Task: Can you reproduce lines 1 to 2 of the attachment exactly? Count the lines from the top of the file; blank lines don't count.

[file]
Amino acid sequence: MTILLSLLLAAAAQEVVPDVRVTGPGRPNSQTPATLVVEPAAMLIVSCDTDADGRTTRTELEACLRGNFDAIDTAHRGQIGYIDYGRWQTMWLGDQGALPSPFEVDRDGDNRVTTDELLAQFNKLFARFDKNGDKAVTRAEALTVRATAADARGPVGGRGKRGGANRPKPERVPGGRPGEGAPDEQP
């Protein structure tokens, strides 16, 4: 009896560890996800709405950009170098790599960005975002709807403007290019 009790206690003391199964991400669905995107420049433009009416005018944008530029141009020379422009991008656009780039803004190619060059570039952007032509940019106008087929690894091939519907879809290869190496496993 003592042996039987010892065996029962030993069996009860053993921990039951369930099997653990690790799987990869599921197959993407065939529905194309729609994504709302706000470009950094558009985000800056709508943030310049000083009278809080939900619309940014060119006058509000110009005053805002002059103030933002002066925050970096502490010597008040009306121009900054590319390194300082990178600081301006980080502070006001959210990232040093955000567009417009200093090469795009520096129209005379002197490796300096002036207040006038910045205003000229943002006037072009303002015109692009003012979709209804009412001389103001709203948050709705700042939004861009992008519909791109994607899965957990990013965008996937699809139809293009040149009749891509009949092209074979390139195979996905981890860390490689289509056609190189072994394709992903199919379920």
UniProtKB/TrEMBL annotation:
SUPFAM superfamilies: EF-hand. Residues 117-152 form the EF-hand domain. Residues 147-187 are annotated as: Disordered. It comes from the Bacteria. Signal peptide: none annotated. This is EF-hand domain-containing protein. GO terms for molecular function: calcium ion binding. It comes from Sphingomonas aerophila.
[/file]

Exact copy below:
Amino acid sequence: MTILLSLLLAAAAQEVVPDVRVTGPGRPNSQTPATLVVEPAAMLIVSCDTDADGRTTRTELEACLRGNFDAIDTAHRGQIGYIDYGRWQTMWLGDQGALPSPFEVDRDGDNRVTTDELLAQFNKLFARFDKNGDKAVTRAEALTVRATAADARGPVGGRGKRGGANRPKPERVPGGRPGEGAPDEQP
């Protein structure tokens, strides 16, 4: 009896560890996800709405950009170098790599960005975002709807403007290019 009790206690003391199964991400669905995107420049433009009416005018944008530029141009020379422009991008656009780039803004190619060059570039952007032509940019106008087929690894091939519907879809290869190496496993 003592042996039987010892065996029962030993069996009860053993921990039951369930099997653990690790799987990869599921197959993407065939529905194309729609994504709302706000470009950094558009985000800056709508943030310049000083009278809080939900619309940014060119006058509000110009005053805002002059103030933002002066925050970096502490010597008040009306121009900054590319390194300082990178600081301006980080502070006001959210990232040093955000567009417009200093090469795009520096129209005379002197490796300096002036207040006038910045205003000229943002006037072009303002015109692009003012979709209804009412001389103001709203948050709705700042939004861009992008519909791109994607899965957990990013965008996937699809139809293009040149009749891509009949092209074979390139195979996905981890860390490689289509056609190189072994394709992903199919379920």